As they repeatedly like to tout, the new Republican party is made up of those identifying themselves as the “alt-right.” It’s a new right-wing that looks nothing like a right-wing, and its makeup consists primarily of Trump cultists.
I wish I was just being hyperbolic when I use the word “cultist,” but I’m not sure I am.
The takeover was definitely hostile, and it caused a mass exodus of conservatives putting as much distance from themselves and the party as possible. People were burning their GOP registration cards, and there have been endless talk on social media about those walking away from a defunct party that no longer represents them. I’m one of them.
The alt-right, as they will tell you, is only too glad to take credit for our departure.
Interestingly enough, however, as the alt-right brags about chasing us out, they simultaneously rage at us for leaving. They’re significantly weaker for our absence, and they know it will likely cost them the election. Still, they can’t bring themselves to make peace. Instead they lie, or attempt to coerce us with false promises into coming back. The idea is to make us submit, not agree.
But the truth is that once I walked away from the Republican party I didn’t feel the need to look back. I didn’t feel sad that it died, and I sure didn’t wish to fix it. In fact, I felt something akin to relief.
I didn’t want to feel like I need to defend people like Mike Huckabee, or Sarah Palin anymore. I hate that I was with a party that sometimes outright refused to embrace the culture. It annoyed me that this party only wanted to get involved with certain communities when it was time to vote. It was a party that was just as guilty of tribalism as the left, while it maintained that it was a party that respected individualism.
I was sick of its morphing definition of freedom depending on what policy it was passing. It was a party that continuously snatched defeat from the jaws of victory, and thought that if it was sure it couldn’t win a fight, it just wouldn’t fight.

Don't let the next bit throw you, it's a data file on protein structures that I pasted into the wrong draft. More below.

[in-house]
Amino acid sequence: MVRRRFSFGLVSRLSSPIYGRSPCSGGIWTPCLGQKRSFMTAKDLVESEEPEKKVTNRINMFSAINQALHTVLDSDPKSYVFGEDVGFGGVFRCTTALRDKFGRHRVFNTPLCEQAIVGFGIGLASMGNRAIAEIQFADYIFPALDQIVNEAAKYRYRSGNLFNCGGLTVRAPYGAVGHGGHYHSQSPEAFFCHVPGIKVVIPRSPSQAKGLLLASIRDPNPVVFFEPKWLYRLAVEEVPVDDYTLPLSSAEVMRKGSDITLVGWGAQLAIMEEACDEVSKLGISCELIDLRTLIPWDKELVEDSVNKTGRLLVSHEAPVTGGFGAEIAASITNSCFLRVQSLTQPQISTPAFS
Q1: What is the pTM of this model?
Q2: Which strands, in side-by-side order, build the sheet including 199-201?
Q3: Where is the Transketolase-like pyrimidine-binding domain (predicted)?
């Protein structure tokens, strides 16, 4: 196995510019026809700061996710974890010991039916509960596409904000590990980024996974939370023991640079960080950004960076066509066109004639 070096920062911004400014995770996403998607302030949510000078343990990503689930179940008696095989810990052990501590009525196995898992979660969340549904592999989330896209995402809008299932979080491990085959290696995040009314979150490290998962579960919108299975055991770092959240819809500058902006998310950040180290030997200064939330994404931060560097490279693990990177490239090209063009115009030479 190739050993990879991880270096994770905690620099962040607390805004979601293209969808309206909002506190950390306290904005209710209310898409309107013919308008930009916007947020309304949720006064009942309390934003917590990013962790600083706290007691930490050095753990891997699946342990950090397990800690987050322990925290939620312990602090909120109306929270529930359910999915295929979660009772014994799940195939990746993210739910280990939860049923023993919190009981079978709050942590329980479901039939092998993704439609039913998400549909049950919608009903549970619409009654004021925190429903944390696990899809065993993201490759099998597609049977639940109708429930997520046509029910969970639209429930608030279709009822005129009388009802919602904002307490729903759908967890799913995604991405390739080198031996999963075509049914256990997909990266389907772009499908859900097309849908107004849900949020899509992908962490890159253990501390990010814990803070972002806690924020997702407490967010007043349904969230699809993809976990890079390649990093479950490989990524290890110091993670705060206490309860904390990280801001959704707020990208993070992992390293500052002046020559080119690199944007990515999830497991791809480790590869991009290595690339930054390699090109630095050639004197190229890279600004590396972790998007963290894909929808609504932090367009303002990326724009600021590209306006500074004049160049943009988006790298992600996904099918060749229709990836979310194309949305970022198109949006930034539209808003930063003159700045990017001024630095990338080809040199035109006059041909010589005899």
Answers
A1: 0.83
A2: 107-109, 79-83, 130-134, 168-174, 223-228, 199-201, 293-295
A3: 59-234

I was sick of being in a party that was stuck in the 1980’s.
The party was weak. Even its victories during midterms didn’t seem to halt its backslide, and even then, those victories could be attributed in part to reactionary voting against the extremist that was in the White House.
This weakness was further demonstrated with the way the alt-right waltzed in and overtook it on behalf of an authoritarian reality show host, with the help of news outlets consistently touted by both the left and right as friendly to conservatism. These are the same people who sold us books, and stood on stages and behind podiums, telling us how important it is we fight for freedom and the constitution. Now they bend knee to a man who values neither, and wonder why we won’t.
So if you ask me, the alt-right can have it. I don’t want to be in a party that was so ready to roll over for white supremacists, and who are following a man who likes to retweet them. I have no desire to be in a party that holds up a guy who doesn’t know what it is they actually do at the Supreme Court. He doesn’t even seem to know what he’s going to do himself. Even his promises are “suggestions.”
I’m happy to leave a party that consists of people who are only too ready to hand over power, in a free nation mind you, to a man seeking it, and defend “Glorious Leader” with so much vigor that North Koreans think they should tone it down. Especially when some of these people are throwing the term “cuck” at those who won’t vote Trump because then the white people won’t win.
But most of all, I’ll gladly walk away from a party which consistently proves that it’s a loser. It’s a party that holds up a guy who has consistently polled south of Hillary Clinton, the most unlikable candidate to pass through the DNC in recent history. We had some amazing candidates this go round, and it chose the man who takes conspiracy theories seriously.
The Republican party is obviously dead, and I’m not going to spend time trying to pretend it’ll come back. We’ve been trying to bring it back since Reagan, but I think we’ve got as much a chance of resurrecting him as we do the GOP.
The alt-right’s initial call was to burn it all to the ground. They succeeded. It’s burnt. Let them roll in the ashes and pretend they’re winners.
All this to say that we don’t need that party being a stone tied to our ankles anymore. Let me reassure you that the reason I felt good about leaving the GOP was because I felt free of a weight. I feel good because now I, and those that left alongside me, can create something new and stronger. Something with teeth, and a solid idea of where it stands on principles. It can have leadership that actually has backbone. A party that won’t change its values in order to support a would be king.
In other words, a party that doesn’t look so much like the left. I can’t wait to be a part of that party.